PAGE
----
KEN WALSH WAS A MONTAUK ARTIST AND WAR VETERAN WHOSE WORK WAS ALMOST LOST TO MEMORY — BUT THEN HIS SON CHRIS WROTE A LETTER TO THE EAST HAMPTON STAR. . . .
Rolled up and stored in a mailing tube, lying for decades in a New England attic, the canvas had collapsed onto itself at one end. There was water damage, too, effectively gluing together two sections of the roll. When it was finally stretched out, the paint had pulled off both sides, leaving foot-long white scars.
It is mid-February. A freakishly mild winter has turned frigid, and on this bleak afternoon I am standing with Nick DiBenedetto in his East Quogue restoration studio, which is packed with scores of paintings, many of them 300 years old or more.
“I cleaned it,” Nick says, gesturing toward the canvas, Montauk (seen opposite). “Then you’ve got to varnish it, and then you’ve got to stabilize it, because the paint wanted to fall off. I’ve still got to put coatings on and touch it up here and there. But it’s getting there, right?”
It is. The scars have healed, as though they had never been. What’s more, Montauk — all 2,376 square inches of it — has been reborn, restored to its original brilliance, and it is beautiful.
Nick keeps talking, explaining by what alchemy he has made the colors in this larger-than-life depiction of my hometown pop off the canvas again, but I’m not there anymore. Not in Nick’s basement, not in East Quogue, and not in the dystopia that is the winter of 2017. Now I’m in the living room in Hither Hills, and it is Christmas Day, 1974. I am 8, and the trumpet I’d longed for is pressed to my lips as I joyously accompany my father, who is singing a particularly spirited rendition of “Wild Blue Yonder.” We — my father, mother, brother, and I — are very happy.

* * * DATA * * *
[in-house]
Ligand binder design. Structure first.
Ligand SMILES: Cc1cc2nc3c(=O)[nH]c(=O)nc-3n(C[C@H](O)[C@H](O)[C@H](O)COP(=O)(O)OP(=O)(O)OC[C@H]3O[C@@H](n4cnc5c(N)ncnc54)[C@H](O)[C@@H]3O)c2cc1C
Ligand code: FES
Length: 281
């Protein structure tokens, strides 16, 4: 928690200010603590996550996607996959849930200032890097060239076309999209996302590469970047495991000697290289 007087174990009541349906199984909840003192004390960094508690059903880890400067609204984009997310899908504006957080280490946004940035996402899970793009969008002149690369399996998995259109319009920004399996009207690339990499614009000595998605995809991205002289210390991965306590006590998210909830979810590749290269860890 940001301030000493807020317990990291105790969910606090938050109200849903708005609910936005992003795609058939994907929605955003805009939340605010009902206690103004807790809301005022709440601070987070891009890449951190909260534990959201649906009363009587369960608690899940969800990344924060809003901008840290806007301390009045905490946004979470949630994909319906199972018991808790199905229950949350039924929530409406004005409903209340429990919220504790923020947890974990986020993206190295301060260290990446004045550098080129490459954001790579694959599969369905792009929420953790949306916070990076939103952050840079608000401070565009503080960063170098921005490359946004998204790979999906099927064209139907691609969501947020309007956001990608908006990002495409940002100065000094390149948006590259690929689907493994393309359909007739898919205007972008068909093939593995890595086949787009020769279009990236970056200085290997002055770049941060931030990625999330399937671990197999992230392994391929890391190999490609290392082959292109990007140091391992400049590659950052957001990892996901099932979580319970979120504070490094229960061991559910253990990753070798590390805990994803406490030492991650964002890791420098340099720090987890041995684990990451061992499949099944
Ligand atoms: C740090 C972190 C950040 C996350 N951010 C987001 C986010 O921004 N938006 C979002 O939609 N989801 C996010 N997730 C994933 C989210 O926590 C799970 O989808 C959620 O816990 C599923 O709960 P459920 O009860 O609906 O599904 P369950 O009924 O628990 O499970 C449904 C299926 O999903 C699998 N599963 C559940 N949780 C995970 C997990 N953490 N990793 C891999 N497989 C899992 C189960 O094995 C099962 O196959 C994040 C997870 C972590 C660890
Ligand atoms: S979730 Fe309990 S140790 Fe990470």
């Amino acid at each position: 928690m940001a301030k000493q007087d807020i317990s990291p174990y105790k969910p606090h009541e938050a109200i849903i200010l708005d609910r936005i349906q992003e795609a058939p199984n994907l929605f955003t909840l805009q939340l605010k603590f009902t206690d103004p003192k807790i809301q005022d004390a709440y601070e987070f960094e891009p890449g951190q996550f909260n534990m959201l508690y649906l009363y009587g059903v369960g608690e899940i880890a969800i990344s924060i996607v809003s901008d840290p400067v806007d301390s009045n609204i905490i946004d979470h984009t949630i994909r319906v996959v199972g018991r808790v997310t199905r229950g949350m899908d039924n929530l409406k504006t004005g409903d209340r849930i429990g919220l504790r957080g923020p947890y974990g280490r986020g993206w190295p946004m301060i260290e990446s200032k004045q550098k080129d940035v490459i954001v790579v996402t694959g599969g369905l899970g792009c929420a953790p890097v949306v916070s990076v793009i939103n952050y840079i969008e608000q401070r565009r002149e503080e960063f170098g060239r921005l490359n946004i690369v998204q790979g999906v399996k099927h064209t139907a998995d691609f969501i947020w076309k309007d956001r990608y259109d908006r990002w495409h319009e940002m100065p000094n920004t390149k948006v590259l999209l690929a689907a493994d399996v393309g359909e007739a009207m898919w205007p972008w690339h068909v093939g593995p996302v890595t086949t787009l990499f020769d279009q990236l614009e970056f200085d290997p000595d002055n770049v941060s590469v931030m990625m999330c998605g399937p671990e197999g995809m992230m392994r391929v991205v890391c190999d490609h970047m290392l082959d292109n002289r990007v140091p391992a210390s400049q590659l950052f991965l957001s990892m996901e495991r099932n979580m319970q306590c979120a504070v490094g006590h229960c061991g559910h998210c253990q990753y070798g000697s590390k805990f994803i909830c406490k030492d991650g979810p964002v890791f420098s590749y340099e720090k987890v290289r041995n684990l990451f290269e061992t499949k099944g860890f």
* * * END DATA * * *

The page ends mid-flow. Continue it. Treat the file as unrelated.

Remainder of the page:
Ken Walsh, who died in 1980, posed for a portrait in front of a mid-1970s canvas.
My father, Kenneth B. Walsh, grew up during the Depression in Boston, hunting and fishing in the Fells, Medford’s 2,200-acre state park, to help his ailing father provide for a family with nine kids.
He was just 18 when my grandfather died, in 1940. Like millions of American young men, he understood that if he didn’t choose to enlist in one branch of the military, he was certain to be drafted into one he hadn’t chosen, probably the infantry. (“The Army will take you if you’re warm,” as the saying went.)
And so, like the novelist Joseph Heller, he enlisted in the Air Corps. He had the aptitude, and he had 20/10 vision, and after he graduated from flight training, he co-piloted a B-17 in the Eighth Air Force in 1944 and ‘45. He survived, but not unscathed.
After the war, he went to the School of Practical Art on the G.I. Bill, and then took a job in the art department of Lever Brothers in New York City. He had big dreams, though, and soon established a commercial art studio. After a couple of misfires in business, he relaunched his Bonart Studios and was a success. He and his crew designed packaging for Elvis Presley records, for the Schrafft’s candy and chocolate company, and the Ideal and Transogram toy companies.
My earliest memories are of those Manhattan days. I spent hours lying on the floor of our Gramercy Park living room, my head next to a speaker as one of the records he had brought home revolved on the phonograph. Sometimes my father would come home with a new toy for which he had designed the packaging, and my brother and I would play until parts went missing or it fell apart.
He loved Montauk, and he loved painting and fishing. He built a summer house that overlooked the ocean and, eventually, opened the Bonart Gallery at Gosman’s Dock. He became close to John and Rita Gosman, who were my godparents.
Although he experimented with an Abstact Impressionist style that was uniquely his own — and although he liked to carve flounders and whales from wood — his paintings at this time were mostly scenic, and mostly in watercolor. “He could have made plenty of money painting watercolors full-time,” says Steve Malinchoc, the number-two man at the Bonart Studio, who took over operations in Manhattan while we were away in Montauk for the summer.
My dad loved to organize all-day picnics on the shores of Block Island Sound. He’d load a horde of bohemian friends, kids and adults, into his Nissan Patrol jeep, and we’d drive out to the sandy dunes near Montauk Point. While the kids cavorted on the beach and in the water, the adults would get settled in a hollow in the dunes and get the party started.